I didn’t think I’d get so comfortable, my first time at Lowe. The restaurant had then been open for a bit over a week when I visited with a friend, after a cab ride through throngs of trees and foliage into Dubai’s Koa community, a real estate concept launched in 2016.
Lowe’s interior is sunlit against so much fine grain wood at noon, with a counter overlooking the kitchen and tables for parties and pairs. We were seated close to the window.
Our server, sensing our trepidation, started us off with two types of wood fired bread, a simple flatbread and one that was burnt at the surface and embedded with onions. The latter went especially well with, both the aubergine topped with ancient grains, and the tarama with olive oil and sesame seeds.
The aubergine had been whipped together with date syrup and some pepita oil for flavour. For years I’d had the typical aubergine preparation in the form of dishes like Baba Ghanoush, and this dish thankfully lacked the acridness that I’d come to expect from so many canned and even homemade varieties.
The beef tartare, my anticipated next order, was smoked, organic and topped with a layer of chipotle chips and sliced radishes. This tartare was slightly unconventional, with soured onion cream in place of the customary egg yolk, something I was curious and a bit doubtful about.
My friend, a lifelong picky eater, almost acted as a foil to my all-encompassing tastes. I first discovered her reservations over nondescript fast food outside the Dubai Mall food court around a year ago. She revealed that she wouldn’t touch beef or lamb if cubed or as a steak. She wouldn’t touch any sort of meat off the bone either. She said it had everything to do with texture.
She ended up making a year’s worth of progress at a child’s feeding therapist in that hour-and-a-half we spent at Lowe, which was a joy to experience.
“It’s raw meat!?” she blanched.
“I thought you knew. I thought I’d told you what beef tartare was?”
I moved some of the chipotle chips and thinly-sliced young radish off the surface to reveal a layer of glistening, red-pink granules.
In such a convivial setting and with my reassurances that raw meat (when properly sourced and prepared) was both safe and nutritious, she eventually took up her spoon.
“It’s good, right?” I’d always preferred steak tartare to any of its Middle Eastern counterparts, which mix the meat with fine bulgar grain. People who have never tried raw meat miss out on how satiating it can be before denatured in the skillet or oven.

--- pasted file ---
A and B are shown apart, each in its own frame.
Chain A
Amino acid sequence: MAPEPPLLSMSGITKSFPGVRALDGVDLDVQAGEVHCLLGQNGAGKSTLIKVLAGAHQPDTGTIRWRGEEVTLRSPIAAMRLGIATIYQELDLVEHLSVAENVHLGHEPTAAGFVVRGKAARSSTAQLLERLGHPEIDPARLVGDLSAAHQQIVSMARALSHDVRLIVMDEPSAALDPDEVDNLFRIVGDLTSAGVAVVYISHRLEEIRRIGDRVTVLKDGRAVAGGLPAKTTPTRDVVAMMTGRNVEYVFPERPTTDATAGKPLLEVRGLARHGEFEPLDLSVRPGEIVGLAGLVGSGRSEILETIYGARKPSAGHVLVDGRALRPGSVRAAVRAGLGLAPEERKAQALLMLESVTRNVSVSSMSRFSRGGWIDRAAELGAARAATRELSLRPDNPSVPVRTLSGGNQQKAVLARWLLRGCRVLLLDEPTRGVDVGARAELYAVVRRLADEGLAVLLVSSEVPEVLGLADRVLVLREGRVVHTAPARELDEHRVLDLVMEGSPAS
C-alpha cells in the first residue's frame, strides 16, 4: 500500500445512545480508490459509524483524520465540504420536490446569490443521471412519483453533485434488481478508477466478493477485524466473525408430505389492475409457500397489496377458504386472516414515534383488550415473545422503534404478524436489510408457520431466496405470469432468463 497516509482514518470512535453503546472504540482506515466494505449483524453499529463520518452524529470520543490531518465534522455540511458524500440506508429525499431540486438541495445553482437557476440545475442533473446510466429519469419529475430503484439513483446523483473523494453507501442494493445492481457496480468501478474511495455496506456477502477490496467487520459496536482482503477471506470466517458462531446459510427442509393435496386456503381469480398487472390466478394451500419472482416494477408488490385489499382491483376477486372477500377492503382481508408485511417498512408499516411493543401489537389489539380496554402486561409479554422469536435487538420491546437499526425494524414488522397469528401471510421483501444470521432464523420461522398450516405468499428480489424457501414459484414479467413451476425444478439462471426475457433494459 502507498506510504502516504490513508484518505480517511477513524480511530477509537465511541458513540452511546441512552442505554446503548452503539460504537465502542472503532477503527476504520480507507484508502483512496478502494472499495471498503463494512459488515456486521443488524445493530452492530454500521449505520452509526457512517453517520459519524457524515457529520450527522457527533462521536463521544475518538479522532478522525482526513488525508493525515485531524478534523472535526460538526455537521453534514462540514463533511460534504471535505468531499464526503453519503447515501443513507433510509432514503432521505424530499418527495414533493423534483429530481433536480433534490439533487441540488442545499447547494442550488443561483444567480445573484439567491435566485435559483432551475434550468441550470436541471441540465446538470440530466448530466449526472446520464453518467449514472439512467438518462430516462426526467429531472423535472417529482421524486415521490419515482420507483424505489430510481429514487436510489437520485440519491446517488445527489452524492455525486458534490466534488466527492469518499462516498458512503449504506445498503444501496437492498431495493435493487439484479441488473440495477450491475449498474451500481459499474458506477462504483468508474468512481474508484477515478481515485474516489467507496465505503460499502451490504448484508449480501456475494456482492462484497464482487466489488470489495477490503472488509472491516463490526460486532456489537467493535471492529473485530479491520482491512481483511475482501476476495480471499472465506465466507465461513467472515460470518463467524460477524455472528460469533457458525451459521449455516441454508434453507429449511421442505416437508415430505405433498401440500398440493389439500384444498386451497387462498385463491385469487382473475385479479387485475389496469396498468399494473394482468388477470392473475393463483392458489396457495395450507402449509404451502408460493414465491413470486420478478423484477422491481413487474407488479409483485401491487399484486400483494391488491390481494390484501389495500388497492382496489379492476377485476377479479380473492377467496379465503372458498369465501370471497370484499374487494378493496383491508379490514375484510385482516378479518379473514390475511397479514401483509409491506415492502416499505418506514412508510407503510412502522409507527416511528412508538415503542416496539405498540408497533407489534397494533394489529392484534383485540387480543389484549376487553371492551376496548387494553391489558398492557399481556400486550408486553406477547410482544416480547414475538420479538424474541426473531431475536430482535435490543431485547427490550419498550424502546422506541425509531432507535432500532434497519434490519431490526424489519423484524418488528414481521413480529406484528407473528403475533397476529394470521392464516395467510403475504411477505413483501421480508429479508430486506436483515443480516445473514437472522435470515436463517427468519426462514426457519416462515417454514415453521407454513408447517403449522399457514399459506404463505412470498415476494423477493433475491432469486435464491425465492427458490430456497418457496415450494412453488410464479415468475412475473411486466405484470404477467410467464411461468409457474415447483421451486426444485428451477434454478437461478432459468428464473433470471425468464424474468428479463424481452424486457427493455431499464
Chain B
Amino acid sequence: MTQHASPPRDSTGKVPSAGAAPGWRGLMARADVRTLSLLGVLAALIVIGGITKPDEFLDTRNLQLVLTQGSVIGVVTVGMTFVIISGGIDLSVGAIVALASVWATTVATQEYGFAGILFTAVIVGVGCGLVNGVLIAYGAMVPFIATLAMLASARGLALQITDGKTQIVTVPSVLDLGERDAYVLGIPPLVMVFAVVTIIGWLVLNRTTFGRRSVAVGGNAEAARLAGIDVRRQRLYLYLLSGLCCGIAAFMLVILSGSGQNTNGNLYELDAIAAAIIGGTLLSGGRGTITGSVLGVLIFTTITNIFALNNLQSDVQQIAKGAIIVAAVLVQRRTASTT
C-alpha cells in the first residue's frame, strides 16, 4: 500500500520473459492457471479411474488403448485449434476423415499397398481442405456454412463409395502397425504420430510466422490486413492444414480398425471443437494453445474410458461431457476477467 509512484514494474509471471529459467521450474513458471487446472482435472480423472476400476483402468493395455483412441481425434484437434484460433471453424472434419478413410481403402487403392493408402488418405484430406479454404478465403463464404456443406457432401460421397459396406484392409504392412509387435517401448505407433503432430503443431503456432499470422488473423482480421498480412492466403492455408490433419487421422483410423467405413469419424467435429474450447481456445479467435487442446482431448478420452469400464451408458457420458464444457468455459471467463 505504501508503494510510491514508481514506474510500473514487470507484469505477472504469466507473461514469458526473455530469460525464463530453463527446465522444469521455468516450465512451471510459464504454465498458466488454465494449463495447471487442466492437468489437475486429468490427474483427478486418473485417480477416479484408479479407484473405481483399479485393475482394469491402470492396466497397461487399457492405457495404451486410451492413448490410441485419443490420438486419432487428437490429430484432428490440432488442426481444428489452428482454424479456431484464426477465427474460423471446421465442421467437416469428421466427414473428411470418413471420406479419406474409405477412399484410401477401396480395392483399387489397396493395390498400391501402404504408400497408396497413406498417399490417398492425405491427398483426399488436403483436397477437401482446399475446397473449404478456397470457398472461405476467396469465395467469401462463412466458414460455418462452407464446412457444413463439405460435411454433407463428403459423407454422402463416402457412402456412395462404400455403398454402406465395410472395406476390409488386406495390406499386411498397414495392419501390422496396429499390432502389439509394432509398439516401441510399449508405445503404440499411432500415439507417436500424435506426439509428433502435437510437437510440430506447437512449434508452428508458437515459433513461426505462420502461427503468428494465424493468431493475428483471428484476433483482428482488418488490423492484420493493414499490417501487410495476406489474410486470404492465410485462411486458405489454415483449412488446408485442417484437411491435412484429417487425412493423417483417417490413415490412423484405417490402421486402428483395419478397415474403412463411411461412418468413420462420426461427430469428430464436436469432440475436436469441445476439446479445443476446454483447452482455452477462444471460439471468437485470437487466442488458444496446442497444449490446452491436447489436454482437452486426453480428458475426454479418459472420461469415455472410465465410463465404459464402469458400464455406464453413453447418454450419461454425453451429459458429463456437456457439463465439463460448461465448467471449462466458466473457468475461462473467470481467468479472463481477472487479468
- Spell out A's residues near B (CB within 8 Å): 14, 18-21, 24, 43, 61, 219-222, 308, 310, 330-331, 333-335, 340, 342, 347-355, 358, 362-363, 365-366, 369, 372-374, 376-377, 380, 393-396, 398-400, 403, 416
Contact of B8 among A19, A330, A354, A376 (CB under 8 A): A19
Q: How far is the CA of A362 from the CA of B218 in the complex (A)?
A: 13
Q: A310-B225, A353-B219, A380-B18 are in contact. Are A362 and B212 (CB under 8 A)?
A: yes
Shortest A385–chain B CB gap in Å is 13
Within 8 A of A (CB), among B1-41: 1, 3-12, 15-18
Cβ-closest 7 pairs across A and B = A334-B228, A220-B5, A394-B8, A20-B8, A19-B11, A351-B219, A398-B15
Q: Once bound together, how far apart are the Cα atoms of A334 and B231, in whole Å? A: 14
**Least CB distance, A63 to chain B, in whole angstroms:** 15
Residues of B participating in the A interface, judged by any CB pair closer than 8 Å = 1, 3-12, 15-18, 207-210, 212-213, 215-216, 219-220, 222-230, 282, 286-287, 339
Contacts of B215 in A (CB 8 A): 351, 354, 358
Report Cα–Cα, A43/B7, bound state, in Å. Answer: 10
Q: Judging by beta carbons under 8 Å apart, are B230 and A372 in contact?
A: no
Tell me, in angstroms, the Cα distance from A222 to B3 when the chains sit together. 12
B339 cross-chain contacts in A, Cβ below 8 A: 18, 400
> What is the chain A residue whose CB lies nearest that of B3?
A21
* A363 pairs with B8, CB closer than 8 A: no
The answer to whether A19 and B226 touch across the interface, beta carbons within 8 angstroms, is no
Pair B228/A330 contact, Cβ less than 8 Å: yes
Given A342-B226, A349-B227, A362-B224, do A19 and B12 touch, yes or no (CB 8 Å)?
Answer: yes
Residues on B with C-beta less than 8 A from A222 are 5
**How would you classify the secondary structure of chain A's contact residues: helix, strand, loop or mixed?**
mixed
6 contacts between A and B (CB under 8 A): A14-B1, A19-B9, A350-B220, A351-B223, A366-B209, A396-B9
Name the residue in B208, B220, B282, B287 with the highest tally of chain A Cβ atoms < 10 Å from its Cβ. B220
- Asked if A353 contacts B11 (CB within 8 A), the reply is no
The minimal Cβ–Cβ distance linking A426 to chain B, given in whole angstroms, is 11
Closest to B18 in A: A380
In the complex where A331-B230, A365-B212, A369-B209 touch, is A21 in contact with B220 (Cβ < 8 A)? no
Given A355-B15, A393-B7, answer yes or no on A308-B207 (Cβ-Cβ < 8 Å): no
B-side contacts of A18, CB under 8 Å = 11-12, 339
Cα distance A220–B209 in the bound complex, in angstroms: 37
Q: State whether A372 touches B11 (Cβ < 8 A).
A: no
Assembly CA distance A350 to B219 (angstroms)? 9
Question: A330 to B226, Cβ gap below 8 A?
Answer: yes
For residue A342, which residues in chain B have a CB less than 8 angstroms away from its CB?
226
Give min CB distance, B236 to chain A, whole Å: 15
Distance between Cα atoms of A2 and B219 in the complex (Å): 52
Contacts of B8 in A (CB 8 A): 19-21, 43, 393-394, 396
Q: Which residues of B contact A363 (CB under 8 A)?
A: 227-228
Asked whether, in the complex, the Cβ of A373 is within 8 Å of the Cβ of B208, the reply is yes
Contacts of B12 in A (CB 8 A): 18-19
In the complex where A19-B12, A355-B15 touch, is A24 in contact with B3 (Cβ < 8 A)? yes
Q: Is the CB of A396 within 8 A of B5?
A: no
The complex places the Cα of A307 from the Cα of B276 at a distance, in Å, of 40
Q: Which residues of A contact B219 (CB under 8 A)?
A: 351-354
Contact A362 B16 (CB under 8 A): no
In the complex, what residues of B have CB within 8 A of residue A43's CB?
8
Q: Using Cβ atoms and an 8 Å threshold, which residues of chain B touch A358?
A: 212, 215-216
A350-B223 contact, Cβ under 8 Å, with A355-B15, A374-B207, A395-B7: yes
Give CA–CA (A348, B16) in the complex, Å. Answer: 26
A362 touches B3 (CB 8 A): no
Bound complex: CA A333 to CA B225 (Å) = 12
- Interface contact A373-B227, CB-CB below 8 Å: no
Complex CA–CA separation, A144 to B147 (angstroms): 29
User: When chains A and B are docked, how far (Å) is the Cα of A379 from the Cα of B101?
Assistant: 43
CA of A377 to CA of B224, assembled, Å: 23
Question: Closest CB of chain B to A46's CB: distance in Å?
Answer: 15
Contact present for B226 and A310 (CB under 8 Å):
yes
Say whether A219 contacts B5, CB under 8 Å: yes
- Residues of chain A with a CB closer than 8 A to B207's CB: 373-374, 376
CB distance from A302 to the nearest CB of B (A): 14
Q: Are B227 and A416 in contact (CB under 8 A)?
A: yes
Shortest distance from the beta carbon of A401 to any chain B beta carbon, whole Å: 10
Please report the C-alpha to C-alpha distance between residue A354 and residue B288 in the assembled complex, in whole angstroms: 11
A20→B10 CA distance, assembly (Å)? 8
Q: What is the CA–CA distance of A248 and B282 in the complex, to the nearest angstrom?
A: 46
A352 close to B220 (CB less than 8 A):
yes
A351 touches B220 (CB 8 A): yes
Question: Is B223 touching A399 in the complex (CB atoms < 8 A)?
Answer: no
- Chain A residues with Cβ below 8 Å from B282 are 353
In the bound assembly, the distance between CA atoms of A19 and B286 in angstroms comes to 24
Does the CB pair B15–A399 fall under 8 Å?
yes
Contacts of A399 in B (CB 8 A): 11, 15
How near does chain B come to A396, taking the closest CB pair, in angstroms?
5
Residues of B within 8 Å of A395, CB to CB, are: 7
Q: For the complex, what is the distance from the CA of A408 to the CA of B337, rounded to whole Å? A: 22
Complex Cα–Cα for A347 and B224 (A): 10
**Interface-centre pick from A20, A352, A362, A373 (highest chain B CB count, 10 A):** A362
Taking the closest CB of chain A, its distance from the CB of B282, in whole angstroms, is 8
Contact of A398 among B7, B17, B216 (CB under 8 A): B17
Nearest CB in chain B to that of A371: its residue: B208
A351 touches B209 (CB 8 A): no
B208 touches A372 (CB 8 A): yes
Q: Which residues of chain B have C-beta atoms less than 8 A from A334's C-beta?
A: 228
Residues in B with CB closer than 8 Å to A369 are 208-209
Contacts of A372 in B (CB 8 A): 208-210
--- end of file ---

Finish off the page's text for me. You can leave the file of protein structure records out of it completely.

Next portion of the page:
She admitted she couldn’t taste much that she recognised as meaty, which made sense for someone whose memories of red meat were nondescript and heavily spiced.
This didn’t stop her from helping me finish off the plate, with more of the toppings and the onion cream, seeming to enjoy it a bit more. The meat was pleasantly smoked, pairing well with the radishes and cream.
Next we had the local clams with orzo, lamb belly and garnished with parsley and lemon. This was our heaviest dish by far, and possibly my only faltering point. I was used to simpler shellfish preparations, but I soon began to appreciate its combination of so many different levels of savoury.
The coal fired baby cap mushrooms were meaty and full-bodied, with an amazing burnt flavour from the black onion powder over smooth, aged beef fat and garlic emulsion.
The crispy duck leg over broken wheat with toasted seeds, peeled orange and spicy yoghurt was an extremely familiar dish to the both of us. Again, the broken wheat salad was a perfect example of traditional fare done extremely well in terms of flavour, composition and presentation.
Between the last two dishes and our house-aged beef, we had some reprieve to reflect on the experience so far and have some more of the excellent Kombucha, now a watermelon and strawberry variant. I could have had that for the rest of the meal, the rest of the day.
The beef, its flavours more singular and focused compared to our last few orders, was as well-cooked a medium rare as I’ve ever had. It was almost a dessert meat for me. My friend tried a slice lathered in broccoli bearnaise and wasabi and expressed her approval later on.
This dish was the only thing we had to-go, to be enjoyed later in the evening. Chef Kate Christou expressed to us that she and Chef Jesse Blake work closely with suppliers in Australia, New Zealand and the US to maintain the quality of their beef instead of simply adhering to the usual grass-fed label.
We’d managed to make it to dessert after more food than we’d collectively eaten in the last three days, and ended the service with a frozen lavage meringue with sour apple and custard cream yuzu and the chocolate sunchoke with coffee grind caramel and honeycrunch. These desserts were multilayered, with a portion size to rival some of our previous dishes.
What I didn’t expect from Lowe were the portion sizes, the intimacy of the location, and a spectrum of complex flavours so close to home. The food at Lowe is less a fusion and more of an adaptation, subtle and successful. Their menu is appreciative to some of its Middle Eastern influences, but adventurous enough to push them to much greater heights.
Location: Mohammad Bin Rashid City
Average price for two: Dh250
— Mohammad El Jachi is an intern at Gulf News.